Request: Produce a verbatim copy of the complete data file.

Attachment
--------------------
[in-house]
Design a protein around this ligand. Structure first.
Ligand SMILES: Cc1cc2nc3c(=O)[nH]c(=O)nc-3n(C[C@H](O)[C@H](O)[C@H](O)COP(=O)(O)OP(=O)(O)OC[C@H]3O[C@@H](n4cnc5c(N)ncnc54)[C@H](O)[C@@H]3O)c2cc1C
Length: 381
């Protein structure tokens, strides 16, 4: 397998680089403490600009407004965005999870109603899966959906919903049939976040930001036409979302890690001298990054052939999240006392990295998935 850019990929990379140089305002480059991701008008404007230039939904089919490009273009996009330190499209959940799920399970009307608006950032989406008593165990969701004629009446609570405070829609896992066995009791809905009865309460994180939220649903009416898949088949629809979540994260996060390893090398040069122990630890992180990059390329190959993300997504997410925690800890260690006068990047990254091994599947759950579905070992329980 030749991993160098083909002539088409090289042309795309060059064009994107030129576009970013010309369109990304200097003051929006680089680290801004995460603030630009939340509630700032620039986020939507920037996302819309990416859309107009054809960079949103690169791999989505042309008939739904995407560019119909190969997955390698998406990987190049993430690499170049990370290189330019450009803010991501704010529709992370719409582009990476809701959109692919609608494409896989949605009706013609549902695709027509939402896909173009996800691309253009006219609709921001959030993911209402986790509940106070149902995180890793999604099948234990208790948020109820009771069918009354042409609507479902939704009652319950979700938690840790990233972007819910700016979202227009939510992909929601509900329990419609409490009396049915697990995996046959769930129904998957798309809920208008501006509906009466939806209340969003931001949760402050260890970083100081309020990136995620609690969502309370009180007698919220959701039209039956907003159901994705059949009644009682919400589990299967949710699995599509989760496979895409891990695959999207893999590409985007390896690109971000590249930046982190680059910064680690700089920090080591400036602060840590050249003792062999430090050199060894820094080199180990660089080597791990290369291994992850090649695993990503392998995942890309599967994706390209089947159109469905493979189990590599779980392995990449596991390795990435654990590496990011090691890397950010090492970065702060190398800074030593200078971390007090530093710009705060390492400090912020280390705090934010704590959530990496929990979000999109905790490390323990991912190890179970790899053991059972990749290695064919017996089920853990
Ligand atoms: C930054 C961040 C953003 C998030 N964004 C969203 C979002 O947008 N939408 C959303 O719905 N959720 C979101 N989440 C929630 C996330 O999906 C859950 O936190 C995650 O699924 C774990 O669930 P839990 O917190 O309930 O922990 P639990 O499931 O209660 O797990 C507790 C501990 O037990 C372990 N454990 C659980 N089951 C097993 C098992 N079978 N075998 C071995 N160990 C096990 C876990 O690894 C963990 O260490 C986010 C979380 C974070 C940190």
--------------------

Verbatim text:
[in-house]
Design a protein around this ligand. Structure first.
Ligand SMILES: Cc1cc2nc3c(=O)[nH]c(=O)nc-3n(C[C@H](O)[C@H](O)[C@H](O)COP(=O)(O)OP(=O)(O)OC[C@H]3O[C@@H](n4cnc5c(N)ncnc54)[C@H](O)[C@@H]3O)c2cc1C
Length: 381
């Protein structure tokens, strides 16, 4: 397998680089403490600009407004965005999870109603899966959906919903049939976040930001036409979302890690001298990054052939999240006392990295998935 850019990929990379140089305002480059991701008008404007230039939904089919490009273009996009330190499209959940799920399970009307608006950032989406008593165990969701004629009446609570405070829609896992066995009791809905009865309460994180939220649903009416898949088949629809979540994260996060390893090398040069122990630890992180990059390329190959993300997504997410925690800890260690006068990047990254091994599947759950579905070992329980 030749991993160098083909002539088409090289042309795309060059064009994107030129576009970013010309369109990304200097003051929006680089680290801004995460603030630009939340509630700032620039986020939507920037996302819309990416859309107009054809960079949103690169791999989505042309008939739904995407560019119909190969997955390698998406990987190049993430690499170049990370290189330019450009803010991501704010529709992370719409582009990476809701959109692919609608494409896989949605009706013609549902695709027509939402896909173009996800691309253009006219609709921001959030993911209402986790509940106070149902995180890793999604099948234990208790948020109820009771069918009354042409609507479902939704009652319950979700938690840790990233972007819910700016979202227009939510992909929601509900329990419609409490009396049915697990995996046959769930129904998957798309809920208008501006509906009466939806209340969003931001949760402050260890970083100081309020990136995620609690969502309370009180007698919220959701039209039956907003159901994705059949009644009682919400589990299967949710699995599509989760496979895409891990695959999207893999590409985007390896690109971000590249930046982190680059910064680690700089920090080591400036602060840590050249003792062999430090050199060894820094080199180990660089080597791990290369291994992850090649695993990503392998995942890309599967994706390209089947159109469905493979189990590599779980392995990449596991390795990435654990590496990011090691890397950010090492970065702060190398800074030593200078971390007090530093710009705060390492400090912020280390705090934010704590959530990496929990979000999109905790490390323990991912190890179970790899053991059972990749290695064919017996089920853990
Ligand atoms: C930054 C961040 C953003 C998030 N964004 C969203 C979002 O947008 N939408 C959303 O719905 N959720 C979101 N989440 C929630 C996330 O999906 C859950 O936190 C995650 O699924 C774990 O669930 P839990 O917190 O309930 O922990 P639990 O499931 O209660 O797990 C507790 C501990 O037990 C372990 N454990 C659980 N089951 C097993 C098992 N079978 N075998 C071995 N160990 C096990 C876990 O690894 C963990 O260490 C986010 C979380 C974070 C940190």